Virtually all significant successes against Al Qaeda have been recorded on Pakistani soil, through police action rather than military manoeuvres. Had that been the main tack adopted from the outset – not just in Pakistan but also in the Gulf, in North Africa, wherever there was evidence of Al Qaeda activity – it is likely to have yielded much more substantial results in terms of curbing terrorism, with negligible “collateral damage”.
But within the constraints of a sensible course of action along those lines, it would hardly have been possible for the neo-conservative clique that surrounds Bush to keep alive their dream of world domination, through conquest if necessary. Afghanistan was effectively a practice run. Iraq was set up as more of a challenge, and the fall of Baghdad undoubtedly has struck fear in the hearts of neighbouring states (although neither the mullahs in Iran nor the Ba’athists in Damascus can be expected to crumble to their knees in awe or shock).
As far as the votaries of violence are concerned, however, the wars have had the opposite effect. Recruitment has become simpler than before, as US military aggression has encouraged fanatical tendencies among the devout. Besides, as Western intelligence agencies are now beginning to fathom, Al Qaeda, for what it’s worth, appears to differ substantially from terrorist groups they have sought to tackle in the past. Rather than the tight centralised control that characterises the IRA in Northern Ireland or the ETA in Spain, it seems to be a loose conglomeration of affiliates scattered throughout the world, with substantial room for local initiative.
It’s akin to a multinational franchise like McDonald’s or Starbucks, willing to outsource “martyrdom” operations wherever possible. It is such aspects of the organization that lead John Gray, in his recent book Al Qaeda and What It Means to be Modern, to describe it as a modernist phenomenon. Be that as it may, it certainly cannot be construed as a modernizing influence: if it had its way, we’d be travelling back in time hundreds of years. But it is a product of its times: of globalisation, of imperialism, of the corruption and decay in the Arab world.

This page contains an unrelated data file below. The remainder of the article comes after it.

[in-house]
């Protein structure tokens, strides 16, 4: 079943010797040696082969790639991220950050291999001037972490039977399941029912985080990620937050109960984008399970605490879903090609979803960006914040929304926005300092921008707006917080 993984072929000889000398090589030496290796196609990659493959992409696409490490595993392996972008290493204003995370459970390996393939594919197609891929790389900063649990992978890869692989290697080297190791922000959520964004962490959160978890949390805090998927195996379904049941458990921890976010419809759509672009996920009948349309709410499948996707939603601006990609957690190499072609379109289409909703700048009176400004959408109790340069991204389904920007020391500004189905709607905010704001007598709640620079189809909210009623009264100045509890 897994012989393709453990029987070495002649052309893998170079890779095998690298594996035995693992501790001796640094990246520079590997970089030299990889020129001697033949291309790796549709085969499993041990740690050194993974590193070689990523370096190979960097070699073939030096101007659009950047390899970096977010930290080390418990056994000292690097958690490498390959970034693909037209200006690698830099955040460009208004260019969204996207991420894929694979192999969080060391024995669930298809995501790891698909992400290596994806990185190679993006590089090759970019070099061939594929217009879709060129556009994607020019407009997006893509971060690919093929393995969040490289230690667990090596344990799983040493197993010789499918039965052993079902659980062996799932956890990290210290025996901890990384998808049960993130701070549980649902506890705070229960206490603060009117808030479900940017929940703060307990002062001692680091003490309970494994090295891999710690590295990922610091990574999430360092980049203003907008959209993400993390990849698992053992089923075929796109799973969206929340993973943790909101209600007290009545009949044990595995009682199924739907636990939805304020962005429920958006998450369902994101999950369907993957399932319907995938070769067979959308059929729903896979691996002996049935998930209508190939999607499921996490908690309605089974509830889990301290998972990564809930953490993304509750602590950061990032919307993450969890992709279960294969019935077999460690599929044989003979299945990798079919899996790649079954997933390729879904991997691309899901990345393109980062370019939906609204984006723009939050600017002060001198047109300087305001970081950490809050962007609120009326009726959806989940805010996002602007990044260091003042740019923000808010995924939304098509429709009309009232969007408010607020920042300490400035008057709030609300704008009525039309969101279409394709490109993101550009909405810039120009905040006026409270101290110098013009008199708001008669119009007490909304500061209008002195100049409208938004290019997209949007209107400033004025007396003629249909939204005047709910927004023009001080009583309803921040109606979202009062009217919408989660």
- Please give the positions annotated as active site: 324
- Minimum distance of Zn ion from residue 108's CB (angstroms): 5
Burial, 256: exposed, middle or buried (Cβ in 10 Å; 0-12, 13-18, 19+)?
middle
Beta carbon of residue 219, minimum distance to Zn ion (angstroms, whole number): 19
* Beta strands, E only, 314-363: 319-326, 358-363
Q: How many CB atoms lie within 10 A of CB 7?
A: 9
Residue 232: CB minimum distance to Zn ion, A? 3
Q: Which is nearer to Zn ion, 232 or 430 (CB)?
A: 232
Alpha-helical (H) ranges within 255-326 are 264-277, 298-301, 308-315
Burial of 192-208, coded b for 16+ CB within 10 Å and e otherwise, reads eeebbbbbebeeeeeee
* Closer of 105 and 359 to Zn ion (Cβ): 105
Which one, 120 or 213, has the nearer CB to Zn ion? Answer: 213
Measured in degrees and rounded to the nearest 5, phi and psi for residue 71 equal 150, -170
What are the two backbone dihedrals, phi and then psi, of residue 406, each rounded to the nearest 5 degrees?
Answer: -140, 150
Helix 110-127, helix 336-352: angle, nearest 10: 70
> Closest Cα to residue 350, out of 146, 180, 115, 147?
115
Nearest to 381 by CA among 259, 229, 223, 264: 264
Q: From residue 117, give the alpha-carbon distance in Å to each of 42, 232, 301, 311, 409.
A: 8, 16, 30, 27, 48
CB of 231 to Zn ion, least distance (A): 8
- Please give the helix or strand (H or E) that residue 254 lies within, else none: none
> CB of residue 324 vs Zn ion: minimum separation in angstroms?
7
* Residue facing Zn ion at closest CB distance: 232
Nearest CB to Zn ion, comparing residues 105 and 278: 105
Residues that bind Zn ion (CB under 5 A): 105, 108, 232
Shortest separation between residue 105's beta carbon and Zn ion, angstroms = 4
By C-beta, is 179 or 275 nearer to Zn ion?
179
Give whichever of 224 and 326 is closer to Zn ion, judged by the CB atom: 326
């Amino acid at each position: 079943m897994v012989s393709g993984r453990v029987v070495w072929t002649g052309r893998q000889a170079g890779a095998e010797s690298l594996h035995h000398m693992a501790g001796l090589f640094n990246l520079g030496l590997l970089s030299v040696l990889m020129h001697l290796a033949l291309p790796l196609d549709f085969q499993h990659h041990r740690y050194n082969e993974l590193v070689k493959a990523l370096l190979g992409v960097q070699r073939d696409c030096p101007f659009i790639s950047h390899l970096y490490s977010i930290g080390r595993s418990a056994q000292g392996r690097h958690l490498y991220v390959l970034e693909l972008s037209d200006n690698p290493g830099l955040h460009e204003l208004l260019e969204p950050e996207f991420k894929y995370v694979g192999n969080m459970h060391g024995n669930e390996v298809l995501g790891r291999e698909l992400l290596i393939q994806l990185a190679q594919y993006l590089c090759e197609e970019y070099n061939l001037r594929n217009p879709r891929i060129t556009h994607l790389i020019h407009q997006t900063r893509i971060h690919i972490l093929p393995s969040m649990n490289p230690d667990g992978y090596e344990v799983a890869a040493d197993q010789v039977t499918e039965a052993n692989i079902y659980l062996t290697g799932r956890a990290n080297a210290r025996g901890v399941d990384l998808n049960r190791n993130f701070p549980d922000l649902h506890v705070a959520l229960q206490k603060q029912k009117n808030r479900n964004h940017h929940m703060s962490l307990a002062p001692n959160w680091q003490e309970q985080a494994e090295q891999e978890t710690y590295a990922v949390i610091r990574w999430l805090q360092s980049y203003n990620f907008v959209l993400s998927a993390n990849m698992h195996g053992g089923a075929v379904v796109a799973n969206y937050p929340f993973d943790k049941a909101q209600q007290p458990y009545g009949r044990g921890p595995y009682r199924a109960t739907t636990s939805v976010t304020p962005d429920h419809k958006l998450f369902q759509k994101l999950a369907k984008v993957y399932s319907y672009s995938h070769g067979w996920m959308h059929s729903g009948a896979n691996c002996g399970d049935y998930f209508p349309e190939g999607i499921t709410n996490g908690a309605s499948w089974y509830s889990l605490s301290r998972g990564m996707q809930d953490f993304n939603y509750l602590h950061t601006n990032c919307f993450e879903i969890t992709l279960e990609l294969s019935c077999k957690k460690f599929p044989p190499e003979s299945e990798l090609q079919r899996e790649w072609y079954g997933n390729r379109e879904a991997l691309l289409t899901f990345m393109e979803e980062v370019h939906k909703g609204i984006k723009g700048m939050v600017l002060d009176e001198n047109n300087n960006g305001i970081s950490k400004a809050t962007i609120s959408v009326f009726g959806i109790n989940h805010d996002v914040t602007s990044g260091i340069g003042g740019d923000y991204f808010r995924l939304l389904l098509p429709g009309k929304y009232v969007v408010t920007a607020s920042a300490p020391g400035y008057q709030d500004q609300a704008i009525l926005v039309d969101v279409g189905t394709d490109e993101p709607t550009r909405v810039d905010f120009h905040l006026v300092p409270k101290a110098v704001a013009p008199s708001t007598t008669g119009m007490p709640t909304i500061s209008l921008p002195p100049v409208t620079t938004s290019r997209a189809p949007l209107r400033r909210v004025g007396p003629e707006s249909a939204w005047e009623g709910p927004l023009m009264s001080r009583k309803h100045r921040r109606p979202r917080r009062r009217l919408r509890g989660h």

Which brings us, naturally enough, to the Saudi kingdom. It has lately been alleged that Al Qaeda has infiltrated the Saudi administration and its security and military forces at all levels. Whether or not that is true, the brutal attacks on three elitist residential compounds in Riyadh suggests that the bin Ladenites are not going to be placated by the gesture of US troops formally exiting the kingdom. Nor is there any reason to believe that the House of Saud can reform the state structures to an appreciable extent without signing its own political death warrant.
Although some of the Washington neo-cons wouldn’t be averse to US-propelled regime change in Riyadh, the fear of bin Ladenism infecting the majority of Muslims ought to suffice as a restraint. But should the House of Saud begin to crumble, it is likely that the US will throw caution to the wind. In such circumstances, oil will inevitably take precedence over Muslim sensitivities; after all, the Americans didn’t assume control of Iraqi resources with the intention of letting the world’s largest proven crude reserves slip out of their grasp.
Morocco, too, will feel some pressure, but can expect to be left largely to its own devices. After all, no Americans died in Casablanca, although the violence was chiefly directed against Westerners and, equally reprehensibly, against Jews. Although the regime in Rabat opposed the war in Iraq on account of its possible consequences, it remains staunchly pro-Western and has for a long time been on good terms with Israel.
Experts suggest that the killings in Casablanca didn’t boast as many Al Qaeda hallmarks as the bloodshed in Riyadh, which points to a franchise operation. A large number of Muslim leaders have unreservedly condemned both incidents. That is unquestionably the correct response to acts of madness. Let us also in keep in mind, though, the fact that Al Qaeda and its affiliates draw sustenance from US actions and intentions.
John Gray veers close to the truth when he describes radical Islam as “a symptom of the disease of which it is pretending to be the cure”. Unfortunately, the same description also more or less fits those who have sworn to eliminate this symptom, but whose chosen remedies keep exacerbating the disease.